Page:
Id. at ¶ 3, 995 P.2d at ¶ 3 (citation and footnote omitted); see also Calik v. Kongable, 195 Ariz. 496, 990 P.2d 1055 (1999). We read the statute as prohibiting the sentencing judge from placing on probation a defendant such as appellant who has been thrice convicted of personal drug possession.
Alternatively, appellant argues that only one of his two prior convictions falls within the scope of § 13-901.01(G). He challenges the use of the conviction for conspiracy to unlawfully possess drugs because conspiracy is not specifically listed in § 13-901.01(G) and it is neither a lesser-included offense of unlawful possession nor is it a more serious offense than actual possession. Thus, he contends conspiracy does not fall within the purview of Proposition 200. We disagree.
Prior convictions not listed in Proposition 200 may still affect a defendant's entitlement to mandatory probation. Goddard v. Superior Court, 191 Ariz. 402, 956 P.2d 529 (App. 1998). In State v. Estrada, 197 Ariz. 383, 4 P.3d 438 (App. 2000), Division One of this court found that a prior conviction for conspiracy to possess narcotic drugs for sale constituted a nonviolent but drug-related prior conviction. The court in Estrada also found that, although not specifically enumerated in Proposition 200, under the rationale of Goddard, a prior conviction that involved the commercial trafficking in drugs is no less consequential than a prior conviction for personal possession.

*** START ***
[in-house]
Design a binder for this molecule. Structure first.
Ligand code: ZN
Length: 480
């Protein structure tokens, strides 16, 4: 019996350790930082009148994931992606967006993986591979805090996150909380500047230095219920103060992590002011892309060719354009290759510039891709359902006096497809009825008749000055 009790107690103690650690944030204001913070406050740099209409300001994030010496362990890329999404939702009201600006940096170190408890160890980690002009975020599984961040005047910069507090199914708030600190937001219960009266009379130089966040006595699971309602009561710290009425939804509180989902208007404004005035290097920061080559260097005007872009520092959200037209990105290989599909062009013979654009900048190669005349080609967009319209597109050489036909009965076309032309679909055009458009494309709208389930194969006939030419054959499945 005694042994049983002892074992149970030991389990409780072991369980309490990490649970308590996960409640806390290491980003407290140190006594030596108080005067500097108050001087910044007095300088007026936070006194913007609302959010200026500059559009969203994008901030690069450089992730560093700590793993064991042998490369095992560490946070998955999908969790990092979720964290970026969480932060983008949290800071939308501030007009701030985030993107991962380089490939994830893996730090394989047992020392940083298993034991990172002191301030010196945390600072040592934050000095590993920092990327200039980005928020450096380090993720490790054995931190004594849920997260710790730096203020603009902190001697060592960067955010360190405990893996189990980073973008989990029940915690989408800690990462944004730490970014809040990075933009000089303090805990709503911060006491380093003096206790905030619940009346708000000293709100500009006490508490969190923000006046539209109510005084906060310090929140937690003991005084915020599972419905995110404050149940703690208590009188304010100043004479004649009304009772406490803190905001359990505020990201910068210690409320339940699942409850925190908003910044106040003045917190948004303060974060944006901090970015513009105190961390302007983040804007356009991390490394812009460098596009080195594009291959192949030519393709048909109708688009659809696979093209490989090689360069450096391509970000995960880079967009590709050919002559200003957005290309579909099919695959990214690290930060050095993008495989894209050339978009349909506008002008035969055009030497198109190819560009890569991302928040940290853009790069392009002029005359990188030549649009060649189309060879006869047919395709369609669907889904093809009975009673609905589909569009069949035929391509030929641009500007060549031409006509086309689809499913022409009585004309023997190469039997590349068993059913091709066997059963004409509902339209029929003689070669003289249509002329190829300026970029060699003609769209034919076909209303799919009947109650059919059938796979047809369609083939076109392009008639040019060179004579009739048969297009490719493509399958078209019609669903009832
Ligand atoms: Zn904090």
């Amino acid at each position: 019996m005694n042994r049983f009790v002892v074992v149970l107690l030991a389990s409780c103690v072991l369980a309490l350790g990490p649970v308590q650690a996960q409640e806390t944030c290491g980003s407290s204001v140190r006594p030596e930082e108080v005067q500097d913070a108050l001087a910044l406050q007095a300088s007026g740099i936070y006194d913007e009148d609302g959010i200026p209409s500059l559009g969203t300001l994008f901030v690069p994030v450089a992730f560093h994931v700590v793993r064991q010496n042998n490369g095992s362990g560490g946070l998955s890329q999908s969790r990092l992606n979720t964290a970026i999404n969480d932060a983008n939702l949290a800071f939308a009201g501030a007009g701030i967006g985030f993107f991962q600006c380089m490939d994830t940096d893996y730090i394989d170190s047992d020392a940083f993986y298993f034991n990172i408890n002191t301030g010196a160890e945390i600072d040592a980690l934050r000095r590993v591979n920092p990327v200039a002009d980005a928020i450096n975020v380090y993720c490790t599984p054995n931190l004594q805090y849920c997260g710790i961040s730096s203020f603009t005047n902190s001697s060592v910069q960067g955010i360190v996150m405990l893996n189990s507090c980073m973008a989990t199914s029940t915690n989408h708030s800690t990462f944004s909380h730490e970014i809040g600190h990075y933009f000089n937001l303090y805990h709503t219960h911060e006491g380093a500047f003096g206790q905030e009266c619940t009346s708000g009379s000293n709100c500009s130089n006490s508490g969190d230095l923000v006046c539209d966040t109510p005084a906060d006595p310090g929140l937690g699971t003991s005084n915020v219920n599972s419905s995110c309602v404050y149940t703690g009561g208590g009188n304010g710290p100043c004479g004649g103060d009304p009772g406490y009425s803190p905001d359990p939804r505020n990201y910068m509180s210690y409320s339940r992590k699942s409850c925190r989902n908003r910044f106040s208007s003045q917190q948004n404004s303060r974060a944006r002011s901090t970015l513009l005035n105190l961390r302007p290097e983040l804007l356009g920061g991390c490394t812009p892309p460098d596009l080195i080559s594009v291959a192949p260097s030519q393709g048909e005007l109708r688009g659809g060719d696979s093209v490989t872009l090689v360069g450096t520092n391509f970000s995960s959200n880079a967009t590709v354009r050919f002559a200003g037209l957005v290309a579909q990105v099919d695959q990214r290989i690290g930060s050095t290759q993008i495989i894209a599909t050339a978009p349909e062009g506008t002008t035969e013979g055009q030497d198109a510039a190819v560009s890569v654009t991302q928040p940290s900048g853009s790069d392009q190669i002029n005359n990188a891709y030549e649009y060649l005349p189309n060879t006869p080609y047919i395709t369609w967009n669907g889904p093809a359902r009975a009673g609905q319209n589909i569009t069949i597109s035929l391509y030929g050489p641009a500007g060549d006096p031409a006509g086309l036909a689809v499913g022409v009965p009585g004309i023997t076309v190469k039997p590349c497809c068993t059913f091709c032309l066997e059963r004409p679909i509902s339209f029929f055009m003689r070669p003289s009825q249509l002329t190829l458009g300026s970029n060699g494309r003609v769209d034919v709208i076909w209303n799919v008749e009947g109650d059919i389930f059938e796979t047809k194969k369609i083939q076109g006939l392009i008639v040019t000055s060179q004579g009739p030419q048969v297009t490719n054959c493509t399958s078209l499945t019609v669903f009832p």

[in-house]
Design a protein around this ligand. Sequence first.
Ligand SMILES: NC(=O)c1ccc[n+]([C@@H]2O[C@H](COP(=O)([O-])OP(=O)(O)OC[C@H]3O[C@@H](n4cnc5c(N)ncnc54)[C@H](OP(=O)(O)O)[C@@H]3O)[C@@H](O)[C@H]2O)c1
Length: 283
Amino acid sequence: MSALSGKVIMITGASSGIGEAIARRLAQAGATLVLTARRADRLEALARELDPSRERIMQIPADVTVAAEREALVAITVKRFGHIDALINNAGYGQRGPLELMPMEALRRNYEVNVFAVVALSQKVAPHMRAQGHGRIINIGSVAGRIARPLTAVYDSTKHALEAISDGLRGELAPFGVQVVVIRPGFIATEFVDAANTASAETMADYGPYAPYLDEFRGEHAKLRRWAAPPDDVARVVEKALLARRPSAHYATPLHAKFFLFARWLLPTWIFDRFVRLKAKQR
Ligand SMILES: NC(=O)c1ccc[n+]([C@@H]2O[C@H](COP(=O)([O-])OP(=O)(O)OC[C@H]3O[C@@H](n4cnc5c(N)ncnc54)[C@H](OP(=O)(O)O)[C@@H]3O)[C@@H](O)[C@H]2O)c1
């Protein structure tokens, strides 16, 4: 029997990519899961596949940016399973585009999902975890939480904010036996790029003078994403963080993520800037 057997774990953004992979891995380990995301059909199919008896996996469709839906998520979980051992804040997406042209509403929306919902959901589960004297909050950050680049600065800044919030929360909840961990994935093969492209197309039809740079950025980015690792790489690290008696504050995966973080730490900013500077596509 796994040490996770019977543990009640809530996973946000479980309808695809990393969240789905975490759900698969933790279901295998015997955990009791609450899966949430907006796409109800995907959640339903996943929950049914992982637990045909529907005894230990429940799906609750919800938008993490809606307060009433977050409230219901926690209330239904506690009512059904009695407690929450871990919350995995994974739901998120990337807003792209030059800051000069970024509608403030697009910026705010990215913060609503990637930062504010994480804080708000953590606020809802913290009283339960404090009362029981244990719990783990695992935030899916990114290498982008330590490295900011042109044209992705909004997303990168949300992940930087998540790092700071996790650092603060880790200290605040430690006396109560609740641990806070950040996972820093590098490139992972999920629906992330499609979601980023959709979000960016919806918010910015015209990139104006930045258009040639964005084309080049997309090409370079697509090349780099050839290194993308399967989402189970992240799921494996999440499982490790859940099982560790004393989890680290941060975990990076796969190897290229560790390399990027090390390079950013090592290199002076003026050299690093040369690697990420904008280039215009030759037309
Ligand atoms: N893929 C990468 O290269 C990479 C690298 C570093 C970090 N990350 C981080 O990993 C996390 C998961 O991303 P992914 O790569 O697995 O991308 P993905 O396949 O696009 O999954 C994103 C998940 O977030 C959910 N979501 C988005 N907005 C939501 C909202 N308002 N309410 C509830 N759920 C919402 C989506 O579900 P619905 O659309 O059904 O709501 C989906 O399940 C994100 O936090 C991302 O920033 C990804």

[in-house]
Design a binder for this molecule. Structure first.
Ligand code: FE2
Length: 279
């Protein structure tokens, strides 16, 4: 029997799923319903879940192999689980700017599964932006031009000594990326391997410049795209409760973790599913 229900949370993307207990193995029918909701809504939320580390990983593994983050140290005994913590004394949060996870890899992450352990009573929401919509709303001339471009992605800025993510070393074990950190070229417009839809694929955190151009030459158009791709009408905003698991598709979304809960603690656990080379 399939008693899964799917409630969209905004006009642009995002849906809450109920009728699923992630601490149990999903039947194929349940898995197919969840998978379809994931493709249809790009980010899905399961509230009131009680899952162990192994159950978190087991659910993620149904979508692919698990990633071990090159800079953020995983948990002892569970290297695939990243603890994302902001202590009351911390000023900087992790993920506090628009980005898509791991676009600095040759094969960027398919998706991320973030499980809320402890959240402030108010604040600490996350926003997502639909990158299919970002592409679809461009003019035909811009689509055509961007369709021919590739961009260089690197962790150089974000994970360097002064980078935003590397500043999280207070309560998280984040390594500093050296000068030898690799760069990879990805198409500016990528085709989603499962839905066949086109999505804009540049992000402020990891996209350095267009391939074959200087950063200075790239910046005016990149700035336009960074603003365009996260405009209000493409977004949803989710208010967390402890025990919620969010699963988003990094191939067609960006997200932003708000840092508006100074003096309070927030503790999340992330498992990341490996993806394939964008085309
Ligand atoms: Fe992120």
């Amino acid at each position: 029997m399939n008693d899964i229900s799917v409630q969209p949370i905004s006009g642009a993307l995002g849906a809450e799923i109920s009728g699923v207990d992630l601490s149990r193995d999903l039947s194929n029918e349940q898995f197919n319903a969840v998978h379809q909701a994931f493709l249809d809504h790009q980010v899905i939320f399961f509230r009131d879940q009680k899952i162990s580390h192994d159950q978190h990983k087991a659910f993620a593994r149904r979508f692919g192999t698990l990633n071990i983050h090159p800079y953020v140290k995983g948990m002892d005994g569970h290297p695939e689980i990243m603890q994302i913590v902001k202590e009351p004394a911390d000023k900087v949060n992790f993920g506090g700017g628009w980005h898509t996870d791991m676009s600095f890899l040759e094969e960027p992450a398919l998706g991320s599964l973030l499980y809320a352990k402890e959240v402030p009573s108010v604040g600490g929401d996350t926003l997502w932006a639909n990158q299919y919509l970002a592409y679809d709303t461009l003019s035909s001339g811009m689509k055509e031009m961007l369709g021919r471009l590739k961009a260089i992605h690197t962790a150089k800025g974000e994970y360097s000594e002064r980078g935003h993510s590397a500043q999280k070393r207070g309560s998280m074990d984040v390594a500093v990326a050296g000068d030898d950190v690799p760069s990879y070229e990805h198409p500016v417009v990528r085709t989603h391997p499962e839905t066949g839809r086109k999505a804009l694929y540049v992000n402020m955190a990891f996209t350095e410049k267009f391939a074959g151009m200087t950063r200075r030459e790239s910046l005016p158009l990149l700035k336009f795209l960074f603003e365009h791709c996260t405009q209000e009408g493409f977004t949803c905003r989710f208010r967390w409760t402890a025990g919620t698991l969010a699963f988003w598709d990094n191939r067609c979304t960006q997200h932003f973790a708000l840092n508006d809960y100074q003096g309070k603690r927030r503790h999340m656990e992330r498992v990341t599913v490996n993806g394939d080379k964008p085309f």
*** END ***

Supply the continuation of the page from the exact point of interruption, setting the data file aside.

The state contends that § 13-901.01 must encompass conspiracy because it "is an offense of the same class as the most serious offense which is the object of or result of the conspiracy." A.R.S. § 13-1003(D). We agree that any other conclusion would be contrary to the stated purpose of Proposition 200 and would result in an absurdity. See Estrada. Because appellant admitted, for purposes of A.R.S. § 13-604, that he had two prior drug-related convictions for unlawful possession of and conspiracy to possess narcotic drugs, the instant conviction was his third for a drug-related offense, and the mandatory probation provision of § 13-901.01 did not apply to him. The trial court was not prohibited from sentencing appellant to prison.
This day we have simultaneously filed State v. Ossana, 199 Ariz. 459, 18 P.3d 1258, (App. 2001), which also relates to Proposition 200. In Ossana, we have declined to include to the detriment of the defendant in that case a drug-related crime of a less serious nature than the specifically enumerated crimes of personal possession or use of a controlled substance in § 13-901.01(A) and (G). Here, in contrast, we have included within the meaning of § 13-901.01(G) a drug-related crime equally as serious as the specifically enumerated crimes in subsection (G) of personal possession or use of a controlled substance.